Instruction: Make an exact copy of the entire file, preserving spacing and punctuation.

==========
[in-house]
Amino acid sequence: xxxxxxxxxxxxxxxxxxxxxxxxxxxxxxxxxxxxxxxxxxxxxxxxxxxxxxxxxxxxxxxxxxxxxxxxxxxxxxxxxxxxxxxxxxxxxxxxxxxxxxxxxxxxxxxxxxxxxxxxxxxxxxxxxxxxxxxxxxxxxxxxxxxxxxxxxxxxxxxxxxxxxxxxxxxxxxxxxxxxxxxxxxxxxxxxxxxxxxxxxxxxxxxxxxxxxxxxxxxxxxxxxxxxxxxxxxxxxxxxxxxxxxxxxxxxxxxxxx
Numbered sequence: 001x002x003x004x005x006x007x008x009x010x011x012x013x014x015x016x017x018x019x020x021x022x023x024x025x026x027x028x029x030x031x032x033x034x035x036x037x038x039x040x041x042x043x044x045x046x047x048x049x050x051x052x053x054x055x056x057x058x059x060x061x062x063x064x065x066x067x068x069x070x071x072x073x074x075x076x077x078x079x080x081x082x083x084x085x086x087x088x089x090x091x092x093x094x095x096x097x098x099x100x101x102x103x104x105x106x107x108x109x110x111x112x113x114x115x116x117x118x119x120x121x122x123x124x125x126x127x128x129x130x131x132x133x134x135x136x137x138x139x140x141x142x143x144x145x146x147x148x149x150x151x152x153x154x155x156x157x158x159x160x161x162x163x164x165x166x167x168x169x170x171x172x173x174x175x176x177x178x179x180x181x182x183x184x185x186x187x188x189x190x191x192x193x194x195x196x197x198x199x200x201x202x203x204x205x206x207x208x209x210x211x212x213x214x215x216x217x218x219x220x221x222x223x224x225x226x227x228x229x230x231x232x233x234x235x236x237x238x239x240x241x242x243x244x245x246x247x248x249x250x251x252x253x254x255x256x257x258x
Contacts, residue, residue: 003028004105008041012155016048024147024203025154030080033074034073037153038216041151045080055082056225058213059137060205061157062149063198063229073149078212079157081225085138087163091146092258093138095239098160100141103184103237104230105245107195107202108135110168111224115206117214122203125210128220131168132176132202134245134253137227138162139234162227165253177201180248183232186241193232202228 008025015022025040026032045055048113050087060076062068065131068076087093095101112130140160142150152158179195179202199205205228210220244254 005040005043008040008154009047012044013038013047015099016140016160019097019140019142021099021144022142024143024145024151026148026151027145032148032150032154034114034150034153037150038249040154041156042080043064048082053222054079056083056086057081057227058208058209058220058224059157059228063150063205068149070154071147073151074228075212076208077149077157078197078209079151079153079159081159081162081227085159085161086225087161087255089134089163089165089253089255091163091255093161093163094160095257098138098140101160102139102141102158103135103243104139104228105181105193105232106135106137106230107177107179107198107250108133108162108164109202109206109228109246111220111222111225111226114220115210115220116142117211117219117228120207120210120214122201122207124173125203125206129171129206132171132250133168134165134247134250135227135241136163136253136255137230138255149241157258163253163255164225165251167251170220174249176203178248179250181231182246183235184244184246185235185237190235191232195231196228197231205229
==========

[in-house]
Amino acid sequence: xxxxxxxxxxxxxxxxxxxxxxxxxxxxxxxxxxxxxxxxxxxxxxxxxxxxxxxxxxxxxxxxxxxxxxxxxxxxxxxxxxxxxxxxxxxxxxxxxxxxxxxxxxxxxxxxxxxxxxxxxxxxxxxxxxxxxxxxxxxxxxxxxxxxxxxxxxxxxxxxxxxxxxxxxxxxxxxxxxxxxxxxxxxxxxxxxxxxxxxxxxxxxxxxxxxxxxxxxxxxxxxxxxxxxxxxxxxxxxxxxxxxxxxxxxxxxxxxxx
Numbered sequence: 001x002x003x004x005x006x007x008x009x010x011x012x013x014x015x016x017x018x019x020x021x022x023x024x025x026x027x028x029x030x031x032x033x034x035x036x037x038x039x040x041x042x043x044x045x046x047x048x049x050x051x052x053x054x055x056x057x058x059x060x061x062x063x064x065x066x067x068x069x070x071x072x073x074x075x076x077x078x079x080x081x082x083x084x085x086x087x088x089x090x091x092x093x094x095x096x097x098x099x100x101x102x103x104x105x106x107x108x109x110x111x112x113x114x115x116x117x118x119x120x121x122x123x124x125x126x127x128x129x130x131x132x133x134x135x136x137x138x139x140x141x142x143x144x145x146x147x148x149x150x151x152x153x154x155x156x157x158x159x160x161x162x163x164x165x166x167x168x169x170x171x172x173x174x175x176x177x178x179x180x181x182x183x184x185x186x187x188x189x190x191x192x193x194x195x196x197x198x199x200x201x202x203x204x205x206x207x208x209x210x211x212x213x214x215x216x217x218x219x220x221x222x223x224x225x226x227x228x229x230x231x232x233x234x235x236x237x238x239x240x241x242x243x244x245x246x247x248x249x250x251x252x253x254x255x256x257x258x
Contacts, residue, residue: 003028004105008041012155016048024147024203025154030080033074034073037153038216041151045080055082056225058213059137060205061157062149063198063229073149078212079157081225085138087163091146092258093138095239098160100141103184103237104230105245107195107202108135110168111224115206117214122203125210128220131168132176132202134245134253137227138162139234162227165253177201180248183232186241193232202228 008025015022025040026032045055048113050087060076062068065131068076087093095101112130140160142150152158179195179202199205205228210220244254 005040005043008040008154009047012044013038013047015099016140016160019097019140019142021099021144022142024143024145024151026148026151027145032148032150032154034114034150034153037150038249040154041156042080043064048082053222054079056083056086057081057227058208058209058220058224059157059228063150063205068149070154071147073151074228075212076208077149077157078197078209079151079153079159081159081162081227085159085161086225087161087255089134089163089165089253089255091163091255093161093163094160095257098138098140101160102139102141102158103135103243104139104228105181105193105232106135106137106230107177107179107198107250108133108162108164109202109206109228109246111220111222111225111226114220115210115220116142117211117219117228120207120210120214122201122207124173125203125206129171129206132171132250133168134165134247134250135227135241136163136253136255137230138255149241157258163253163255164225165251167251170220174249176203178248179250181231182246183235184244184246185235185237190235191232195231196228197231205229